What Jesus is urging us to do in this passage is not to cheapen what is Holy. How does your Lord's Gymn t-shirt accomplish this? This passage could be paraphrased as: "Do not persist in offering what is Holy or of value to those who have no appreciation for it, because your gift will not only become contaminated and be despised, your generous efforts could also be rebuffed and perhaps even openly attacked." Welcome to the Christian Subculture.

My friend goes on to say "I can understand your frustration. There's no doubt that parts of the Christian cultural experience are outdated, and miss the mark. I realize this almost every Saturday when I sit in church and feel bored at the lyrics in the songs we sing."

Again, this entirely misses the point. The problem is not your lack of entertainment or stimulation. This is a symptom of the problem I am trying to point out in my article. We have become consumers of Christian subculture. We judge the worship service based on how well we were entertained. Worship is for God, not for us. There's no such thing as a "bad" worship service. You and I may not go home saying we enjoyed the sermon or that the band "rocked", but worship is for God's heart and His ears, not ours. We need to stop seeing things through the lens of consumption. This is why the subculture is evil. It has created consumers instead of worshippers.

Finally, my friend suggested that "(what) we need (is) a fresh breath of creativity that will spark real change. This is how art changes the world."

No, creativity is not enough. Art, the Gospel, our lives, can change the world when we start actually listening to the Holy Spirit and engaging the culture (the "real" culture) with our art, and our lives. If we only create art that is acceptable to a specific audience (the christian subculture) we will never impact the culture at large (those outside the church).

How can I create art that only speaks to and entertains Christians and expect that art to have any impact whatsoever on the World outside the Church? It can't. If it can, show me a few examples of such art. I can only see examples of art that offends the Christian Subculture having an impact on speaking Truth to the World at large; i.e.- "Piss Christ", "Kanye West's song 'Jesus Walks'", "Bruce, Almighty", "Signs", "U2", etc.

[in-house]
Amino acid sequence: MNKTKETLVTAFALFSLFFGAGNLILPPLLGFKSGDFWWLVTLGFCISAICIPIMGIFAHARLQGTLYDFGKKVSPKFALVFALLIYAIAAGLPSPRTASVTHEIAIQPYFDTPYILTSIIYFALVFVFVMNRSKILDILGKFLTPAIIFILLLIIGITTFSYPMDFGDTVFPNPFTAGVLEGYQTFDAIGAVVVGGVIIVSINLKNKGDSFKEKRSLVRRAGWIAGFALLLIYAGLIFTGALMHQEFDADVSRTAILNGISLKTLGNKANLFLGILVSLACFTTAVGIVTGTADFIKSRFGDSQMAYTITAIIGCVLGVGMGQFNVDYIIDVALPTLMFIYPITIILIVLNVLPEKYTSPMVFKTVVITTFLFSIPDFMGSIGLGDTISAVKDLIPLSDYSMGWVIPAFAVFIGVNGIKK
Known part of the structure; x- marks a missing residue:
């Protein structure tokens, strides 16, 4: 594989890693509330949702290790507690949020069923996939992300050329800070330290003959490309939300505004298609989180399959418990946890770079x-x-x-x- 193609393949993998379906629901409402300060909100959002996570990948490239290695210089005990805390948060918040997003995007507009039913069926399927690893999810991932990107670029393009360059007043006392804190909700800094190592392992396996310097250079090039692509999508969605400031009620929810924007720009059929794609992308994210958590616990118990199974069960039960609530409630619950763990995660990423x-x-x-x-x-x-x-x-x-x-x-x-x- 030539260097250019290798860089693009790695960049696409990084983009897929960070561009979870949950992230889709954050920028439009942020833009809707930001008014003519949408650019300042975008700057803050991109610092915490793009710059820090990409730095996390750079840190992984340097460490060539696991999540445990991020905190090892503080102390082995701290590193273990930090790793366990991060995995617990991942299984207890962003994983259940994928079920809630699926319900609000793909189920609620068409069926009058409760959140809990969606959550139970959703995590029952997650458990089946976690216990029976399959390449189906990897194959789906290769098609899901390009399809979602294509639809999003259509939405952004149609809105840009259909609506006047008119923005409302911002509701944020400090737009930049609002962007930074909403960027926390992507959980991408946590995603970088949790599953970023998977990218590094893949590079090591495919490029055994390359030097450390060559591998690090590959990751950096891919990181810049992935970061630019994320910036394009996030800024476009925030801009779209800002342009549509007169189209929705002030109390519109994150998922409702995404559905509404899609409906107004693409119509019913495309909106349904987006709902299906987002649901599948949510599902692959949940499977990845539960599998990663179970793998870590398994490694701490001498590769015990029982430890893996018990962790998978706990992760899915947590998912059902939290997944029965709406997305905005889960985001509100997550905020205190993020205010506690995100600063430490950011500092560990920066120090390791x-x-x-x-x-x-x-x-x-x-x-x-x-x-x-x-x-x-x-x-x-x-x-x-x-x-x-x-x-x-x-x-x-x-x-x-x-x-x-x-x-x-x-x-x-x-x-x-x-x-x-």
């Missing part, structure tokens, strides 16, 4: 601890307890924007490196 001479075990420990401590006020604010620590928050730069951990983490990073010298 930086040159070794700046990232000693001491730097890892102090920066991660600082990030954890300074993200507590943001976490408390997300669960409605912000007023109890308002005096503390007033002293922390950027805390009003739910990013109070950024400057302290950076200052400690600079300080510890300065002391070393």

The dialog I had with this individual centered mostly on the idea of art and how artists of faith can have an impact on the culture. We talked at length about whether or not the Christian subculture was good or bad for the sake of art. Honestly, I believe that any artist's work would be liberated if it could be created outside of a subcultural context.

If we could see the world, those without Christ, as our audience, then we can begin to speak to them through our art. When you create art with a subculture in mind, which will only accept a narrow range of pre-determined content, (crosses, rainbows, doves, bunnies, etc.), you're not only limiting your art and your expression of Truth, you're preventing those outside the Church from joining the conversation.

So, if you only create art for the Christian subculture, we seasoned Christians may appreciate it and nod along to the inside jokes, but what impact does this have on the world we actually live in? I would argue it has no impact whatsoever.

If your desire is to create art for the select few who already "get it", then I guess you're art would be exactly on target. But, if you had the desire to impact the world around you with your art, it would have to take risks, it would have to offend the subculture if necessary, it would have to exist independantly of the subcultural audience.

My personal passion is to see artists of faith engage in an out of the box (out of the subculture) creative process that leans heavily on the Holy Spirit for inspiration and dares to destroy conventions that restrain the Truth.

The only reason I continue to write about this subject is because I believe artists of faith would be set free to accomplish amazing things for the Kingdom if they were less aware of the Christian subculture and more in tune with simply communicating Truth.

My militant approach in that first article was calculated and was designed to shake people up and force them to engage the issue. I am purposely militant in my language in order to communicate the urgency I feel and the importance of this topic.

Consider this: If Martin Luther had exercised grace, peace, patience and kindness with the Catholic Church of his day you and I would be paying indulgences to priests and there would be no Protestant Reformation. Sometimes we have to speak out strongly against things that are wrong.

To me, the retreat of God's people from the culture is wrong. I am speaking out against it. I am speaking out in order to encourage action.

Good art should also provoke us to action and point out areas where we need to change.

At least, that's my opinion.

[end of part 2]

Check out the awesome cover art for my first book, "The Gospel: For Here Or To Go?" by artist Scott Laumann right here: